Long before it ever became the object of legislation, a university in Western Sydney was the object of community desire. In 1953, Gough Whitlam referred to the lack of educational opportunity (or indeed, many of the more basic services, such as roads and sewerage) in his south-western Sydney seat of Werriwa. Schools, hospitals and educational opportunity would be his familiar refrain right up until the eve of his election, in 1972, when he promised that "The next university in NSW, the next college of advanced education and the next teachers' college must be built in the western suburbs, an area which has the largest population of college age of any area in Australia."

In 1961, the Cumberland County Council noted the need for a university in Western Sydney for 'future students', but preferred a greenfields site at North Ryde in order to deal with the immediate pressure of students from the northern suburbs which threatened to turn the University of New South Wales and the University of Sydney into 'vast unwieldy organisations'. The allocation of space for universities at Werrington and in Campbelltown would remain an accusing green finger for another three decades.

On his accession as Prime Minister in 1972, Gough Whitlam commissioned what would become the Bull-Swanson Report (1973), which acted as the basis for declarations by the Commonwealth Minister for Education in 1974 that a new university would be established in Campbelltown. Unfortunately, the dismissal of the Whitlam government the next year, the instability of New South Wales government with the resignation of Sir Robert Askin, and need for restraint in public spending in every government which followed, meant that succeeding federal governments were not inclined to fund, and state governments not inclined to enact something as hugely expensive as a new university. Reports by working parties of the Commonwealth Tertiary Education Commission, however, indicated the 'gross underprovision' of higher educational opportunity in the West, requiring the Hawke government, which was committed to greater social equity, to do something.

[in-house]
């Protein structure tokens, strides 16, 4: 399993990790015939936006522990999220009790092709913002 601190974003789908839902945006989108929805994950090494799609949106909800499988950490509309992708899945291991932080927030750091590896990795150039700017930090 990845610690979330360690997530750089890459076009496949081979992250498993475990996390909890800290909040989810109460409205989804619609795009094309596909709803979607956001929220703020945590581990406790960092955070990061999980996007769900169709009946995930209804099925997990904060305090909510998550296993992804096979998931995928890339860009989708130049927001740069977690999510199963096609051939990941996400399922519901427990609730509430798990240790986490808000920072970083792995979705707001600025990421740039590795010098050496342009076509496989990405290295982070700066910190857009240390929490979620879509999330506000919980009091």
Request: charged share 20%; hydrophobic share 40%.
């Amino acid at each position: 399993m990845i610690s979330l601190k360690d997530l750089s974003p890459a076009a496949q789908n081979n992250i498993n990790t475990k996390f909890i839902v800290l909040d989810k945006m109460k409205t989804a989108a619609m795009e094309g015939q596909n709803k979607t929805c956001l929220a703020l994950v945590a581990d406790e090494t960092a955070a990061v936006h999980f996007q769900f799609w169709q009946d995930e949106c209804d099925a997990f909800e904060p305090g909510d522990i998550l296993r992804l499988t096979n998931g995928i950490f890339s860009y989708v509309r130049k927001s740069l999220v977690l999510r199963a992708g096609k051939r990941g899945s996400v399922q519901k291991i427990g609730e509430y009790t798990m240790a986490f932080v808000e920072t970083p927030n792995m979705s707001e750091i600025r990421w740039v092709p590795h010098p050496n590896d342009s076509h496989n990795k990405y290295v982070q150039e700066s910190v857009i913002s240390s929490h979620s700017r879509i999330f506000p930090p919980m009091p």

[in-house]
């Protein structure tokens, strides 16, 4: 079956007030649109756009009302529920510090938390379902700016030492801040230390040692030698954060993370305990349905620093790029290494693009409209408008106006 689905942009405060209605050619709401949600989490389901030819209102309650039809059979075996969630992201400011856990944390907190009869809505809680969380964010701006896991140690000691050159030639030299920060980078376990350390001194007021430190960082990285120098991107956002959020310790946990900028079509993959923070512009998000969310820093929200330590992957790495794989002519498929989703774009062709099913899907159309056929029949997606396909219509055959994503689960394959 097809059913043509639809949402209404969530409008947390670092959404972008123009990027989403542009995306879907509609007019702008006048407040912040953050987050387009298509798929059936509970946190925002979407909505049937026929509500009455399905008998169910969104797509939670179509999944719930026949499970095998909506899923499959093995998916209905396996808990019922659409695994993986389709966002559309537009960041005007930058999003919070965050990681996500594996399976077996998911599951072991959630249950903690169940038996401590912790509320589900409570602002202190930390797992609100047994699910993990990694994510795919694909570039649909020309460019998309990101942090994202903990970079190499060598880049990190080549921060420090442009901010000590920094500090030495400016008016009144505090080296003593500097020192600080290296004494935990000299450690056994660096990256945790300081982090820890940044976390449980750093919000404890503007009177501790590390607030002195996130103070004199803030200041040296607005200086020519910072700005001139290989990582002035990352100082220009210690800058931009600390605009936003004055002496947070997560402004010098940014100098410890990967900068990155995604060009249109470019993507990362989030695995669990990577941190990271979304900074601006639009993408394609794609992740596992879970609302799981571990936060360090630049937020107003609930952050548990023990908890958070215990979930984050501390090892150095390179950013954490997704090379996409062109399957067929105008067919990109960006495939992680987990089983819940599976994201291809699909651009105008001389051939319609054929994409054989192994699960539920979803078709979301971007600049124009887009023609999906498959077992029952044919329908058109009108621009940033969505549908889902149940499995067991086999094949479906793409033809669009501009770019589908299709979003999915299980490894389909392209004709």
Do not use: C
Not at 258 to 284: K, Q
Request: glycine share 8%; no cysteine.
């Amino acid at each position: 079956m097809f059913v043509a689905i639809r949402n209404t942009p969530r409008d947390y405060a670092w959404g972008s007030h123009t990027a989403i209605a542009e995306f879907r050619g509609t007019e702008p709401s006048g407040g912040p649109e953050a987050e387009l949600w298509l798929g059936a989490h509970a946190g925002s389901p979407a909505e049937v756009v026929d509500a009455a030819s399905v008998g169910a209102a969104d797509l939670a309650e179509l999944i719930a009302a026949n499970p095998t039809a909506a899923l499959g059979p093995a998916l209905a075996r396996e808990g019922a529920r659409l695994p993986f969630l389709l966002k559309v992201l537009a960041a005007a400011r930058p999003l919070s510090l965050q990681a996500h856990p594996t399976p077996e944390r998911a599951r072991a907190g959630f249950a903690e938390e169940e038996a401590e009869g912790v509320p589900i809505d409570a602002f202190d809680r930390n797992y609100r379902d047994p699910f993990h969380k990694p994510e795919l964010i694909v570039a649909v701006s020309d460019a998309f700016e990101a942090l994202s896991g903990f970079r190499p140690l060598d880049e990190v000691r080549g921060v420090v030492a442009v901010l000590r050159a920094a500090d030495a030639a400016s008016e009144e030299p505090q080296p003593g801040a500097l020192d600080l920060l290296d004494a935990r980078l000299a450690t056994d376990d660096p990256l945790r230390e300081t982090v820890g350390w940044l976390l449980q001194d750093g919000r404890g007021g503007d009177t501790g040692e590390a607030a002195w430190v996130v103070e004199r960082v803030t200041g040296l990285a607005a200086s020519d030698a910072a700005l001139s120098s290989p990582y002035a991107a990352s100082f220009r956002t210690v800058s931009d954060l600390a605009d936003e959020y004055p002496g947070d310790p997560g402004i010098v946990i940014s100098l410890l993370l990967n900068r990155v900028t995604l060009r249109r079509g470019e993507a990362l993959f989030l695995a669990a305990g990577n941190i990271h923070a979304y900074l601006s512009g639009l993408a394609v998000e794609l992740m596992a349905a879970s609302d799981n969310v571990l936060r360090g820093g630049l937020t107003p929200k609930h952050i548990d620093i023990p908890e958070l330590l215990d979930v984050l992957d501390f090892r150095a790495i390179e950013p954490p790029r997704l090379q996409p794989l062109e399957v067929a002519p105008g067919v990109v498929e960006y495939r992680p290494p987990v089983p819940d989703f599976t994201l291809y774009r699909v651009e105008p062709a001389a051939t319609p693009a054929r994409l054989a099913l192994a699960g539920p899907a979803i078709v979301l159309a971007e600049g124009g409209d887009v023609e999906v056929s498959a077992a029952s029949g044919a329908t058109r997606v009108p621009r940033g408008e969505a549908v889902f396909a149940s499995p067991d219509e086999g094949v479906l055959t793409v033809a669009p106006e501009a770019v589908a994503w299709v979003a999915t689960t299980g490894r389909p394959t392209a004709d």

In the meantime, the Higher Education Board in New South Wales was slowly developing a plan to 'bootstrap' at least one of Western Sydney's Colleges of Advanced Education (CAE) into a university in stages. When the (Labor) federal Education Minister (Susan Ryan) approached the New South Wales (Labor) government of Neville Wran about establishing further technical education in the West, Wran seized the issue as one of state’s rights and as a major project that would demonstrate Labor's commitment to the West. Another technical college would not suffice -- the state would convene an enquiry and then act on the results by legislating for a new University of the West.

Whereas Gough Whitlam had had the money, but not the legislative power to establish a university in NSW, Neville Wran had the legislative power but no untied access to federal funding. The Parry Report of 1985 (named after the committee's chair and head of the Higher Education Board, R. E. Parry) repeated CTEC's observations about Western Sydney’s underprivileged, and proposed that merging two of the existing CAEs in the West would provide a cost-effective way of dealing with the impasse.

Along the way, both the state and federal governments gained an understanding of just how passionate and organised the residents of Western Sydney were about providing their children with opportunities for higher education. The wrangling between State and Commonwealth delayed the project for another three years, but eventually the University of Western Sydney achieved legislative form in November 1988, coming into effective existence on 1 January 1989. These pages provide an insight into some of the people, places and events which helped give birth to what one protagonist called 'Australia's first major enterprise in higher education in the 21st century.'